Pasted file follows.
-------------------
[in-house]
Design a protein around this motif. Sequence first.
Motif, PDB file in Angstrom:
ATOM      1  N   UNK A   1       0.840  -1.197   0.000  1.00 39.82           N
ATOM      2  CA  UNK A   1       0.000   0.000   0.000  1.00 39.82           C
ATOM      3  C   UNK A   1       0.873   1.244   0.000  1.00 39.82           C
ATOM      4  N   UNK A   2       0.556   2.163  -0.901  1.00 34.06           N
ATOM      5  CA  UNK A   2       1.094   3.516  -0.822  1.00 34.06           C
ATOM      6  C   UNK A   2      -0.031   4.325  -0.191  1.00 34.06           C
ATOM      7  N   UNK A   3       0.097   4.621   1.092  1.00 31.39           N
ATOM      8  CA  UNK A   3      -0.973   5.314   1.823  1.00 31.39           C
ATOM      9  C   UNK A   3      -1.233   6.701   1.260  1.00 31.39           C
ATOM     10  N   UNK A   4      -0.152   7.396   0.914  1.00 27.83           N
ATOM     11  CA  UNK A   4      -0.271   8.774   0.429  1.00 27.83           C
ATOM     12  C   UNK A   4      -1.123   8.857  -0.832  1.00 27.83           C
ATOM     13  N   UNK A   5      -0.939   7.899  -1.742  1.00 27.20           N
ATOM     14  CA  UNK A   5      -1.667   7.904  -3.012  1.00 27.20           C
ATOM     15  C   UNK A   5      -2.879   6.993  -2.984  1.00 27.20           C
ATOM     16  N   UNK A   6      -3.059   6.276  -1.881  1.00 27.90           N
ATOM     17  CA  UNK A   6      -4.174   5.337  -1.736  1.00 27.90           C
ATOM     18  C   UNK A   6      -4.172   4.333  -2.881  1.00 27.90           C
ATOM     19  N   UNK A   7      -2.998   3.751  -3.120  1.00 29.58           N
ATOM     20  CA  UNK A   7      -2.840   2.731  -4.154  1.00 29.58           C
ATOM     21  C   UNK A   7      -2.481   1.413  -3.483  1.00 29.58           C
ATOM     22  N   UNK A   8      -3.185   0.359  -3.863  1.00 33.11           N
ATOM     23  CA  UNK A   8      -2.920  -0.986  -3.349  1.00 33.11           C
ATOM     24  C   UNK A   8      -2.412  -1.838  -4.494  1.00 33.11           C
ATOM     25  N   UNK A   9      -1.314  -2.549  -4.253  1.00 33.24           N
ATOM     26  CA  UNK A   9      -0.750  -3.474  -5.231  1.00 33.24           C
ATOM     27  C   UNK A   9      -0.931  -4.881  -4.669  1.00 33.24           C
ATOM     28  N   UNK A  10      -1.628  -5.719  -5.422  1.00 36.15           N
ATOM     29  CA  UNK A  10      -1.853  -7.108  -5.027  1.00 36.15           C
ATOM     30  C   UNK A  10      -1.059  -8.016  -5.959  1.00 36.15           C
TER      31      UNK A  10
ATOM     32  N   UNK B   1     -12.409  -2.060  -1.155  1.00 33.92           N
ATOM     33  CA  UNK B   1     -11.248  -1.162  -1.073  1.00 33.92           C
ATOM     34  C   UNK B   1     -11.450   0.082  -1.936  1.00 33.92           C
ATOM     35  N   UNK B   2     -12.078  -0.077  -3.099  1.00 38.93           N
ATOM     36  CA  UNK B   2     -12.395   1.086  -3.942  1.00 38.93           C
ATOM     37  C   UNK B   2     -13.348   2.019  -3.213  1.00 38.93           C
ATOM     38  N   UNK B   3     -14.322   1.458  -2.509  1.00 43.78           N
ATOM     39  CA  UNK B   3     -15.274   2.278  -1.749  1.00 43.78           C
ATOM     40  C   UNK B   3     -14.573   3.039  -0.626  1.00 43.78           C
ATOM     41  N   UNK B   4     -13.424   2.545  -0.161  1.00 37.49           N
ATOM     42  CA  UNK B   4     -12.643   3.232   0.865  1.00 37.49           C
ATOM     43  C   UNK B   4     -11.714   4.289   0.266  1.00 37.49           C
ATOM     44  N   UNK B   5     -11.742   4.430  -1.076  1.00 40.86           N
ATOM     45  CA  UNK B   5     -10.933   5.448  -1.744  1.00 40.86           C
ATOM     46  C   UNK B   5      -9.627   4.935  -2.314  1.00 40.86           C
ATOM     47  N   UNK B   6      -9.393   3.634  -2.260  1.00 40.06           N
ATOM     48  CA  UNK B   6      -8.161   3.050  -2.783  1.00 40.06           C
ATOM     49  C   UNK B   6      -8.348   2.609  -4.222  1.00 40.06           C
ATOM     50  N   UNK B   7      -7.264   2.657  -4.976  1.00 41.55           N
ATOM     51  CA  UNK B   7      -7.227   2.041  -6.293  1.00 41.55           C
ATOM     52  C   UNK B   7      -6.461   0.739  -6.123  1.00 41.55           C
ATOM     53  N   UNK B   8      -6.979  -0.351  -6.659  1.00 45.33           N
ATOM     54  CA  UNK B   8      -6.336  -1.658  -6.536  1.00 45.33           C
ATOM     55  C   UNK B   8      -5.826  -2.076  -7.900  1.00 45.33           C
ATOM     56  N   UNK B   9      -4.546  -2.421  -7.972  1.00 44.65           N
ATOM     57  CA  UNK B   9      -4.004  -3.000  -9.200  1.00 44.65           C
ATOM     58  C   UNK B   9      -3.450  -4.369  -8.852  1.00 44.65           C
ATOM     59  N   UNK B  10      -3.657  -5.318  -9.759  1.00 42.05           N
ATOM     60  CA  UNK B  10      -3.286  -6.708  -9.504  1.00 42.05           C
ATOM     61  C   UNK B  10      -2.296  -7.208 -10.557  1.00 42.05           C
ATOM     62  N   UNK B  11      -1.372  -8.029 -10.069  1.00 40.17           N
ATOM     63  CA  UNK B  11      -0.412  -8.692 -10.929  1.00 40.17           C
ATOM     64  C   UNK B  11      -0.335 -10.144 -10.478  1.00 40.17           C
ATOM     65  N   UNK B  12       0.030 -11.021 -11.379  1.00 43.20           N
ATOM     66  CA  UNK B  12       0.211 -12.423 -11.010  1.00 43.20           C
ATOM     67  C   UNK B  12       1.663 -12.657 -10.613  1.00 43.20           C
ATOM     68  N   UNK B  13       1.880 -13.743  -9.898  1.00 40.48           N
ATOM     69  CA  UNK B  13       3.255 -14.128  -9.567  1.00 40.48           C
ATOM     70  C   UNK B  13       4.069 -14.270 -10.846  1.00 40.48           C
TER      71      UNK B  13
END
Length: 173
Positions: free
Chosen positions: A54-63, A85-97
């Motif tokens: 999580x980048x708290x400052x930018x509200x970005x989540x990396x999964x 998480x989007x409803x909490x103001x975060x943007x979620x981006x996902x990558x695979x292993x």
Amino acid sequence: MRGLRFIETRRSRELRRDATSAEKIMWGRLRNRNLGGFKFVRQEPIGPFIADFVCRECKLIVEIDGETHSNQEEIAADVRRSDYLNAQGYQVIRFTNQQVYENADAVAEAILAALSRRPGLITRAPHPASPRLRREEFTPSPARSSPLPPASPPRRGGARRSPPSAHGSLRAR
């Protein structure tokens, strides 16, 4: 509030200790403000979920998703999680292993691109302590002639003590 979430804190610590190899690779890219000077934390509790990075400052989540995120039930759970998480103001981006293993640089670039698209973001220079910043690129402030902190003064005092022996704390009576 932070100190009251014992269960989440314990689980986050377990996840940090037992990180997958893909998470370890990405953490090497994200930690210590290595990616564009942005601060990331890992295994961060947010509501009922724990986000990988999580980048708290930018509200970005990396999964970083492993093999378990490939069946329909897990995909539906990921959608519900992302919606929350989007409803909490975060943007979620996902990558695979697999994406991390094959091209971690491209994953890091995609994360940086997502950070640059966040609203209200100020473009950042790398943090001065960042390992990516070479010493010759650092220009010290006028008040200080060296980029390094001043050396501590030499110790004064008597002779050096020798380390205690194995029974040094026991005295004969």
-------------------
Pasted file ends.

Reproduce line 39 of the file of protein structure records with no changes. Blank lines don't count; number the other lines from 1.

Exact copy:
ATOM     36  CA  UNK B   2     -12.395   1.086  -3.942  1.00 38.93           C